The CARES Act includes a $30 billion emergency education fund to help states meet the coronavirus challenge. It also includes an additional $8.8 billion for crucial nutrition programs to feed hungry children. Rural communities have unique needs in gaining equal access to educational opportunities, so the federal government should increase funding for preK-12 education in subsequent stimulus packages and explicitly include:
• Resources for rural school districts struggling with infrastructure needs, as well as additional funding for the Rural Low-Income School program and the Full-Service Community Schools program; • Dedicated funding to clean and sanitize educational facilities and train educators and staff on how to prepare buildings for students’ safe return, in coordination with local health departments; and • Increased funding for the National Child Traumatic Stress Network to address mental health needs.
With indefinite, widespread school closures impacting the vast majority of public school students in America, the challenge of accessing reliable access to broadband—a prerequisite for effective, sustained distance learning—is particularly acute for rural students. The CARE Act’s inclusion of $25 million for broadband expansion to facilitate distance learning and telehealth is a positive development, but more needs to be done. We urge the federal government to take additional steps to expand the Federal Communications Commission’s E-Rate program, the government’s largest educational technology program, which helps connect the nation’s schools and libraries to broadband. In this crisis, the federal government must rapidly identify how to expand this program to reach kids at home.
The federal government has a special obligation to ensure that the Indian schools, which it operates and funds through the Bureau of Indian Education, have the resources needed to weather the coronavirus crisis. The $69 million provided in the CARES Act is an important gain, but more needs to be done.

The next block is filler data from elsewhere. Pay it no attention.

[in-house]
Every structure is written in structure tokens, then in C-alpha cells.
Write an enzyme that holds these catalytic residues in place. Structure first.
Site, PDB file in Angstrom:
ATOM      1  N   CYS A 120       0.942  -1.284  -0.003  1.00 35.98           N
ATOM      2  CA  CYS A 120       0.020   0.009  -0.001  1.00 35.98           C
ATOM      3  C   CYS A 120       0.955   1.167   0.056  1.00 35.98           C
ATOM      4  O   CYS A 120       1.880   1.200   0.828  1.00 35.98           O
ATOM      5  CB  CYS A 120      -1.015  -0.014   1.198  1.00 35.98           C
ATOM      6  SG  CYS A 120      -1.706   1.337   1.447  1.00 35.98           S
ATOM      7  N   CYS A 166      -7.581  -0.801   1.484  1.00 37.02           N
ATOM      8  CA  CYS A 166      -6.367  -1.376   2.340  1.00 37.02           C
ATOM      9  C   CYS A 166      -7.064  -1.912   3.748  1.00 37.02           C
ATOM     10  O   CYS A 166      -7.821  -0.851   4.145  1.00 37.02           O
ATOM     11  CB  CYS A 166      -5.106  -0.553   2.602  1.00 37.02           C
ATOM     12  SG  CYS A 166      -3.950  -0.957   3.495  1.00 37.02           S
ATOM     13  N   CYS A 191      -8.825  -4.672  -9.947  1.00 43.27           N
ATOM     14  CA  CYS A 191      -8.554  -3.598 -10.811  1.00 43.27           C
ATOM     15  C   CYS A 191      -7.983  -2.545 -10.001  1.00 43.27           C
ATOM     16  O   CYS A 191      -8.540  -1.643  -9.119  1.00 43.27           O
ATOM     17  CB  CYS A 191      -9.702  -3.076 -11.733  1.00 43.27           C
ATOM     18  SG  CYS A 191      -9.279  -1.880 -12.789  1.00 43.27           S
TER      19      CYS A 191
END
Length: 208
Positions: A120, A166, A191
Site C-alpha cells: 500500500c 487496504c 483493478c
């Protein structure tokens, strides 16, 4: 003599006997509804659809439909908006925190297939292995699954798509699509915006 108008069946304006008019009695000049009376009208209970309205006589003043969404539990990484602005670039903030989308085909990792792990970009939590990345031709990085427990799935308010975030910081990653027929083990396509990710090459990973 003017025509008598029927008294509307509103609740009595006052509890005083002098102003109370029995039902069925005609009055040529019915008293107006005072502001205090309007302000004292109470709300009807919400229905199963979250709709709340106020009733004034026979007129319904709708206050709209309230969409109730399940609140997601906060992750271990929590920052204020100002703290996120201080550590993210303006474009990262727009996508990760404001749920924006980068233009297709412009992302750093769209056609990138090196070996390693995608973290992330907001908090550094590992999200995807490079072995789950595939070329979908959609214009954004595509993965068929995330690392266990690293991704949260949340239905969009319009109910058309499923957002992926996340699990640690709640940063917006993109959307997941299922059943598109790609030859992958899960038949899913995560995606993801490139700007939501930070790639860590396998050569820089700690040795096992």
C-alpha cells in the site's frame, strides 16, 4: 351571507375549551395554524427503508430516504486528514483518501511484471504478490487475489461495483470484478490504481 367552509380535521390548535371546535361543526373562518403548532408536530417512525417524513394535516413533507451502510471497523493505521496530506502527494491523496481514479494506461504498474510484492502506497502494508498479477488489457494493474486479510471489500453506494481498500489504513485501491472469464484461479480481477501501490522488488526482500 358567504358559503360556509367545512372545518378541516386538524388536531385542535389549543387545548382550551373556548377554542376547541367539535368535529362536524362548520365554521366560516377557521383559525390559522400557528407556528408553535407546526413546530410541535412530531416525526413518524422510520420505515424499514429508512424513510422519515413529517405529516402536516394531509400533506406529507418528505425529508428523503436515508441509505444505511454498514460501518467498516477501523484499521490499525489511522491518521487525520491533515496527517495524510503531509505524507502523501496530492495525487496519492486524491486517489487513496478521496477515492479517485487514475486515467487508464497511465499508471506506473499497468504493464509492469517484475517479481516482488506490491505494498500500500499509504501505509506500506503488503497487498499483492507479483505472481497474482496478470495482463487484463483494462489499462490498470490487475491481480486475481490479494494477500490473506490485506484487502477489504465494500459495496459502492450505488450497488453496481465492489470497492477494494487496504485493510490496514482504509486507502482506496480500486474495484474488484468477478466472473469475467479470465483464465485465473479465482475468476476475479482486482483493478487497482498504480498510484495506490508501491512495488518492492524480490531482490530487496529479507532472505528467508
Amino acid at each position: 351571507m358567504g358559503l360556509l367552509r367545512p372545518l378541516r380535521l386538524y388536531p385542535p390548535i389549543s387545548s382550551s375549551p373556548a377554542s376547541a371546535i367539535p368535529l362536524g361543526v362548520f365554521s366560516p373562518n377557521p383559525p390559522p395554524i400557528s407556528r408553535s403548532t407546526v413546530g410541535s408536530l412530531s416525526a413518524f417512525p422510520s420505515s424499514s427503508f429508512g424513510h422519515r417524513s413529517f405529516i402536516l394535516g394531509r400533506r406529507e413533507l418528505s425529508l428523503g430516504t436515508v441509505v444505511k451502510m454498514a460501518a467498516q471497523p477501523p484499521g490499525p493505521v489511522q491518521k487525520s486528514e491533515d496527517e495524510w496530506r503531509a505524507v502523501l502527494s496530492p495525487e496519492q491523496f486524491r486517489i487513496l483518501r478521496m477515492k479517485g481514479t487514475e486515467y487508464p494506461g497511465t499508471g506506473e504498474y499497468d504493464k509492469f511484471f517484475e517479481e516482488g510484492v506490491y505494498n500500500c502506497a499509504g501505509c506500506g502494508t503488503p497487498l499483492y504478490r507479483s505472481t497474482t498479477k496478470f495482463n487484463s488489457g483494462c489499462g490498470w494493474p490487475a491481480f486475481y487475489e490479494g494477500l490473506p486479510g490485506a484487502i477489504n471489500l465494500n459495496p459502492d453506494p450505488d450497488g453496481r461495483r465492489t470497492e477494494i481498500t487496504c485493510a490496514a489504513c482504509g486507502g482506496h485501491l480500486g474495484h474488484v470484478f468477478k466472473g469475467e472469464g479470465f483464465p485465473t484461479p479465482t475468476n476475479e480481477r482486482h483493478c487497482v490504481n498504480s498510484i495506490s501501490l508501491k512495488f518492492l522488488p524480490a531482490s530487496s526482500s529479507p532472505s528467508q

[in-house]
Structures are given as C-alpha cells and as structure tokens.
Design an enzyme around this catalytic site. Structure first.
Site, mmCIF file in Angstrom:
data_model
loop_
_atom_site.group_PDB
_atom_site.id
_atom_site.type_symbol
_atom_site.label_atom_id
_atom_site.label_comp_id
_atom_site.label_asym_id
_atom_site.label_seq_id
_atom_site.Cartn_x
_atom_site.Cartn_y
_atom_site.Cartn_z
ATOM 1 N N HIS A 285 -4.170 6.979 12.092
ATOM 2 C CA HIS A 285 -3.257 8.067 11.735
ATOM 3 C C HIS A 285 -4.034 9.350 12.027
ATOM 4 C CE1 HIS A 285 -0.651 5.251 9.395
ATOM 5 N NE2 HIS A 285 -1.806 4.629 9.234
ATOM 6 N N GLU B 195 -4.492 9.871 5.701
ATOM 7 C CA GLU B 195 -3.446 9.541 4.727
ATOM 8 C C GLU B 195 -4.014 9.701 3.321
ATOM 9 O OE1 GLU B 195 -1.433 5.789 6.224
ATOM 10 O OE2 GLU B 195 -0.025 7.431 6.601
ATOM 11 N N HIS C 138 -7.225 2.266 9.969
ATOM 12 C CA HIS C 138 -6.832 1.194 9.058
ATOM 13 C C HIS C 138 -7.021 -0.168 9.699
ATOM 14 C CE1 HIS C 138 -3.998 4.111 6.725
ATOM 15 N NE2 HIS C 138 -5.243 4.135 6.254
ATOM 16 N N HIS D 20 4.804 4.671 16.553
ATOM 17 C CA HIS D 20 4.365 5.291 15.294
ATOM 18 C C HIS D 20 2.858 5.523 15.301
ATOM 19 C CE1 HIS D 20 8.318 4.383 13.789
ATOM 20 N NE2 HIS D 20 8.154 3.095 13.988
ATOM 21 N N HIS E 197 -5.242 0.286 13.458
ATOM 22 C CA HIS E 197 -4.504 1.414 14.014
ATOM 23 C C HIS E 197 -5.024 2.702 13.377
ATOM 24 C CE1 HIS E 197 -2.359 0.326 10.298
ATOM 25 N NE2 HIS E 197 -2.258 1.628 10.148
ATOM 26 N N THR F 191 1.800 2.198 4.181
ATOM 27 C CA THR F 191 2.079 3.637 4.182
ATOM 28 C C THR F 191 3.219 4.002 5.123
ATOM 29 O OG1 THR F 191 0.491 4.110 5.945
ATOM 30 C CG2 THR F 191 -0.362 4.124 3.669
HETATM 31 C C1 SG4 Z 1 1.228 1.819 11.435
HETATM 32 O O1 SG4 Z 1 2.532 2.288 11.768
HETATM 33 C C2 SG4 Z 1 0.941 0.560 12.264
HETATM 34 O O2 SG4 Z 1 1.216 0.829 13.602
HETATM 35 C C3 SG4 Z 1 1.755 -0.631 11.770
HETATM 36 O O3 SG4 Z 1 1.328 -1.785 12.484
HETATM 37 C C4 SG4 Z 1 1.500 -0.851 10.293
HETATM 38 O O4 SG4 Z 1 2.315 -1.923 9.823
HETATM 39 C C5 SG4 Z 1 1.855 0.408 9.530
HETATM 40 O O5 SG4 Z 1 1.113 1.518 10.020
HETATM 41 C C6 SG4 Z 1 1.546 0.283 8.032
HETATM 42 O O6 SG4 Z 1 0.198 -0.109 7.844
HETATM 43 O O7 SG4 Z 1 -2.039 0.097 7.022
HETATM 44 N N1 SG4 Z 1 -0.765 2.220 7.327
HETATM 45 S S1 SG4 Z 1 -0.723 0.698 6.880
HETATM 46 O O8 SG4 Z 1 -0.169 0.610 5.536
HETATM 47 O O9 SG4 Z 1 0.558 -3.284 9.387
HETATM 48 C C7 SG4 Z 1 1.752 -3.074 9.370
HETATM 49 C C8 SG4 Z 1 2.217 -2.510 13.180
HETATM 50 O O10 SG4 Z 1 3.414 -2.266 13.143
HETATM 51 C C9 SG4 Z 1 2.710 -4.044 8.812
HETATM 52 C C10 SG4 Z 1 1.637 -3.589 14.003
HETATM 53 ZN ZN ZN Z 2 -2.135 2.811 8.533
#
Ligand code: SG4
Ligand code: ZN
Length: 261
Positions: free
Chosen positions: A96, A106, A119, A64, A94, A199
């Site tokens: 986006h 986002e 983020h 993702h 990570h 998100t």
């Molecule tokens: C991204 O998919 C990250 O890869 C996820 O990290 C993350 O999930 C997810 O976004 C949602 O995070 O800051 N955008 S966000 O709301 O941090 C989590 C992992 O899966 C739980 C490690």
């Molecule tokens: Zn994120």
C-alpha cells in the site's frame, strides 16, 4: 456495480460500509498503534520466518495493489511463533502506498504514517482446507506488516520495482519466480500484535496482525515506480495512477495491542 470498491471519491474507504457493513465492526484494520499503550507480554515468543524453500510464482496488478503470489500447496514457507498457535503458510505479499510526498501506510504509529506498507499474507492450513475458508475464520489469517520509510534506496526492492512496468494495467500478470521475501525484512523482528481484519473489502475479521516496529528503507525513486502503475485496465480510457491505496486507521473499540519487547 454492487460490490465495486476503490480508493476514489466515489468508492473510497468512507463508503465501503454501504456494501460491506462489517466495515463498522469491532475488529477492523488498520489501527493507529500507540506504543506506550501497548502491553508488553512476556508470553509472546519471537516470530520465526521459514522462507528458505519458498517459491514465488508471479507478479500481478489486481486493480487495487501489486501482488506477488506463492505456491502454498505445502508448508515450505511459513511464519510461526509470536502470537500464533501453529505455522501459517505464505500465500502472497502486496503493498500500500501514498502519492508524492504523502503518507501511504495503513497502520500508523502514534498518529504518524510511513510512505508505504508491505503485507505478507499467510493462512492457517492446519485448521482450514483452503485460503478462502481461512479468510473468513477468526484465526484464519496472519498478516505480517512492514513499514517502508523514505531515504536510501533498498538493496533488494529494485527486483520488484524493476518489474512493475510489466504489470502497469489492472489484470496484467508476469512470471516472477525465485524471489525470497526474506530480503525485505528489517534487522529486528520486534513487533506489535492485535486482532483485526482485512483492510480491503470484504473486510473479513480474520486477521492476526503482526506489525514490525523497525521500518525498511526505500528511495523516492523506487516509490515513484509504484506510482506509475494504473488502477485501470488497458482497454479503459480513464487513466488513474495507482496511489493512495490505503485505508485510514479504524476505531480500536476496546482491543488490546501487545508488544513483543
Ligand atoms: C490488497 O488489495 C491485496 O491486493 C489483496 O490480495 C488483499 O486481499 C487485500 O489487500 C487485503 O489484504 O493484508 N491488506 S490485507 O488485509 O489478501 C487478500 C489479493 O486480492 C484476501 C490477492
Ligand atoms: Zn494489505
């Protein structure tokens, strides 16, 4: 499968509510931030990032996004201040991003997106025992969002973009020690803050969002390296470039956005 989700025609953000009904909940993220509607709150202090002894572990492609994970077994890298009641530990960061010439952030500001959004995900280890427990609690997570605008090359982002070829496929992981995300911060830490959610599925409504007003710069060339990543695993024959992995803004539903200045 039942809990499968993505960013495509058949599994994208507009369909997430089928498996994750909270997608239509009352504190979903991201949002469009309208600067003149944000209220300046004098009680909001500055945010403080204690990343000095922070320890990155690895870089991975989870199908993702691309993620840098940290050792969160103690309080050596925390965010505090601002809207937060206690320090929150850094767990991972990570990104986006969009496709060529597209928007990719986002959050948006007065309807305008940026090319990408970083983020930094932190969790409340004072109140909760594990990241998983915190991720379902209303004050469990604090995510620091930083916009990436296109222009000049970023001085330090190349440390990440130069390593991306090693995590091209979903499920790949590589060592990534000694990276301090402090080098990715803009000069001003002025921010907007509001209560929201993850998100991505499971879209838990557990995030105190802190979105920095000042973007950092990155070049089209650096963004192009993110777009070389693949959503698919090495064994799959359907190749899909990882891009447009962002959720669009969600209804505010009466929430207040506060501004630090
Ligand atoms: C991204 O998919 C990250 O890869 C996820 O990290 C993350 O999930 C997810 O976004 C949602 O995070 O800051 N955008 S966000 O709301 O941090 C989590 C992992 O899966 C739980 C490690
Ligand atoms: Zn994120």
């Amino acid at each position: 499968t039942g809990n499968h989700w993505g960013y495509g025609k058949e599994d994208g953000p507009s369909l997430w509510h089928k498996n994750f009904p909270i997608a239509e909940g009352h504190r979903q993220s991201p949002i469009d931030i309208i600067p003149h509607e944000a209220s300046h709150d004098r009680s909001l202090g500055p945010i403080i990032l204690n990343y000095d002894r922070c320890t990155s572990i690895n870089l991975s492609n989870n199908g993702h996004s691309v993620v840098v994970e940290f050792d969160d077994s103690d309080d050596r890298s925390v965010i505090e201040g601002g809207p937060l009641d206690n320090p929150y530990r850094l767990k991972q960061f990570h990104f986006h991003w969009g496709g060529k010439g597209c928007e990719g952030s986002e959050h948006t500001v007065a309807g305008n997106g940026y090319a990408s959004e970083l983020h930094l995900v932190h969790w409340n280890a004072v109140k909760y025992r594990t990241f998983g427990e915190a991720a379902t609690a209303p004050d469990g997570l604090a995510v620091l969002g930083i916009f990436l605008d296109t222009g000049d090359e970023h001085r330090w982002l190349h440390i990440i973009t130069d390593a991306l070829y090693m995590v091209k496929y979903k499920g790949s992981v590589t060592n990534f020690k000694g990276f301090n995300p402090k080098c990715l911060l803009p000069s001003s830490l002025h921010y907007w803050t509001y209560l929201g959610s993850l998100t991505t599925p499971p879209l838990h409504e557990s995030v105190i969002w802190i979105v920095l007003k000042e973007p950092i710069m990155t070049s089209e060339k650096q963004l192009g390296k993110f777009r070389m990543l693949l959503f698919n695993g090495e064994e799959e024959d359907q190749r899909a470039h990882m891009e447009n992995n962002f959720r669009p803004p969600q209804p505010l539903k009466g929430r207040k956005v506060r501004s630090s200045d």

Economic Supports for Working Families and State and Local Governments
Individuals and families who see their incomes drop because of job loss or a decline in hours worked will cut spending, even on necessities like food and housing. This has the potential to hollow out family businesses that are the economic lifeblood of small towns. Providing direct support will help people maintain this spending, which will boost the economy and preserve the rural way of life. The CARES Act expands and extends unemployment insurance benefits so that the majority of workers are covered for up to four months, and receive an additional $600 per week. It also includes $15 billion for food stamps.
Much more remains to be done to strengthen paid family and sick leave provisions so that all workers impacted by the coronavirus, including those in small towns, can take the leave they need. The federal government must also provide student debt relief, rather than short deferrals, so that rural college graduates can return to their communities and contribute to the local economy.
The CARE Act also provides nearly $150 billion in vital support for states and local governments, all of which will face stressed tax revenues, as they try to provide on-the-ground services, including basic democratic functions like elections in rural communities. The act also provides $400 million in election assistance to help states prepare for the 2020 election cycle by increasing vote-by-mail access; however, close to $2 billion is needed.